Search This Blog

Friday, May 6, 2011

Vegetables for Coastal fog from SF and Seattle


Since our climate in SoCal has decided to mimic an English spring (cold and  rainy) vegetables from San Francisco and Seattle are suddenly apropos.

Cardoon, a favorite in Victorian kitchen gardens, could  be a fall planted vegetable in SoCal. It needs 5 months of cool weather--we've got 'em. Cardoon is  spectacular and still highly favored in parts of France, Spain, Italy and New Orleans where ..."chef Mario Batali calls the cardoon one of his favorite vegetables and says they have a "very sexy flavor"  (W)
 In San Francisco, Chinatown has an array of vegetables to puzzle and inspire.
Daikon an astonishing radish, is rich in magnesium, vitamin A, copper, --all this and pickles  too.  (Japan, Korea, see W)  In Pakistan, the leaves are used ---"flash fried in heated oil, garlic, ginger, red chili and a variety of spices".

Bok choi, kohlrabi ---  don't usually think if that one--- pale celadon with odd bumps here and there. See -

Kohlrabi (W)
 "a stout cultivar of the cabbage that will grow almost anywhere.."(W) It's somewhere between a turnip and a cabbage.... the reader is warned. If you like turnips or cabbage------ kohlrabi is a star.

Slim  Japanese eggplant  are  wonderful for grilling. Likes our foggy  coastal summer weather just fine. Also makes superb pickles. Easy to grow.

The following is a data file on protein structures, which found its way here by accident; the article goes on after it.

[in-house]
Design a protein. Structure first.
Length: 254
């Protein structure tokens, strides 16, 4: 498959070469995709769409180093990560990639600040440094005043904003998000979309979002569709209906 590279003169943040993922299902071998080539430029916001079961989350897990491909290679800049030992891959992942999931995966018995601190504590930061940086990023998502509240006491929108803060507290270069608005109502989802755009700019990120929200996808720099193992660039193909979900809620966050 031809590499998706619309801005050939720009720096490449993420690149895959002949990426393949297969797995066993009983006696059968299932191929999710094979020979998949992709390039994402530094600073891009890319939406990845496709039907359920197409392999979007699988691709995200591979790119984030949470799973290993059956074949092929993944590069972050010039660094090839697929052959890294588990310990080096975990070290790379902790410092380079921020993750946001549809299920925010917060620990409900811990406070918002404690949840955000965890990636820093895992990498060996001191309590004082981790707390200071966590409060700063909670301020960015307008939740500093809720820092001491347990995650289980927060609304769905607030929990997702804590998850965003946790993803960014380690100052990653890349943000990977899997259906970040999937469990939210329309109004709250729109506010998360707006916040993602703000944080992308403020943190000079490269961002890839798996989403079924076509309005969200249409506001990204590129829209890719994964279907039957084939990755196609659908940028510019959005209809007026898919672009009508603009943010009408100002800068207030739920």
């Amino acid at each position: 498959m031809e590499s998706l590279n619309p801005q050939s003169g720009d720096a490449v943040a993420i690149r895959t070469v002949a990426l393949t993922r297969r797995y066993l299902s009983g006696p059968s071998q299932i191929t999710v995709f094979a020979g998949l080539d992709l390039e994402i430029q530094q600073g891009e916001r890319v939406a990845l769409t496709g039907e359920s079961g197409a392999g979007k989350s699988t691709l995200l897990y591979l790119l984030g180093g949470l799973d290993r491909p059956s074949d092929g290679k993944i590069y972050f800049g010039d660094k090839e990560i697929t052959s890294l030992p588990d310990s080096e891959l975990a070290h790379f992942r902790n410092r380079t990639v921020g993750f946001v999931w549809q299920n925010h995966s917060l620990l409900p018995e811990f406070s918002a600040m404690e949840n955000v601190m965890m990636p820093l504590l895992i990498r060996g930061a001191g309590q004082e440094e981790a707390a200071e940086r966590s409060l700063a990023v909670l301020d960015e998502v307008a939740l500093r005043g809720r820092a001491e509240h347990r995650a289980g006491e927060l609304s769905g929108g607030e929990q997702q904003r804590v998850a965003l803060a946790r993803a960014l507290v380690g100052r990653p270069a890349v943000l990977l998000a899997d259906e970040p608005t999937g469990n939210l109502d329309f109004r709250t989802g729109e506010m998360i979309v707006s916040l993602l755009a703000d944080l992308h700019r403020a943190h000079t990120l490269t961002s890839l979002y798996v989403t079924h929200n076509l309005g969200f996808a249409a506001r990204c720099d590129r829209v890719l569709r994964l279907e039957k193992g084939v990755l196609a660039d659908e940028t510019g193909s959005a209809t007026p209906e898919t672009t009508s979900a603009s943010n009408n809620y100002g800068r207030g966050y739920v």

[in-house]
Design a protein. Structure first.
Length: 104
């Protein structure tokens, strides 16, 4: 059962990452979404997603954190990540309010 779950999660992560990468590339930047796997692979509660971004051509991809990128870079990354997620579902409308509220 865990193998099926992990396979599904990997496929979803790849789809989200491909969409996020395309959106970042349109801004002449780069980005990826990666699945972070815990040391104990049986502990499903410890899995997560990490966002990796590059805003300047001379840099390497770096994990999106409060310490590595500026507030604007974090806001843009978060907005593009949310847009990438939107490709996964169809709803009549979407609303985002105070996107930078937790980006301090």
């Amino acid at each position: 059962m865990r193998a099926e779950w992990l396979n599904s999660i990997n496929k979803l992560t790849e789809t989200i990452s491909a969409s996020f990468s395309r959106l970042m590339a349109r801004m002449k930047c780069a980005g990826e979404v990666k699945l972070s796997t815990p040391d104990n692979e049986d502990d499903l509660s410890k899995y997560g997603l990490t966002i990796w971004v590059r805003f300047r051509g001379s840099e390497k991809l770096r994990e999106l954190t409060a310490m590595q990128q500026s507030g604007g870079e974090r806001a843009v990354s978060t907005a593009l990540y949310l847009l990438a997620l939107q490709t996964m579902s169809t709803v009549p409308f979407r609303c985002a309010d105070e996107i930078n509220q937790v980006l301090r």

Japanese eggplant

Bitter melon (Momordica charantia), is a staple in Chinese cooking,
It would be a summer vegetable for us. It's bitterness is prized. Bitter Melon is anti-viral, increases insulin sensitivity (good!) and is used for folk healing all over Asia.

Bitter Melon Sambal
For adventurous cooks and gardeners. The vine looks a lot like a cucumber.
If you go to Seattle, Pikes Market is a fabulous place to see vegetables you've only encountered in seed catalogs.

Fresh truffles and mushrooms beyond belief -- like fresh shitake , and decorative
romanesco and baby purple artichokes.
Romanesco-right- artichokes- middle
 Can't leave Pike's market without seeing the fish market, where a whole wild salmon affordable at $7.99, filleted free.

Seattle has two gigantic nurseries, Swanson's (  see their website   which has lots of detailed notes on growing edibles.. Swanson's has a glass house the size of the grapery at Blenheim Palace.

Rain may be falling, but who cares?

No comments: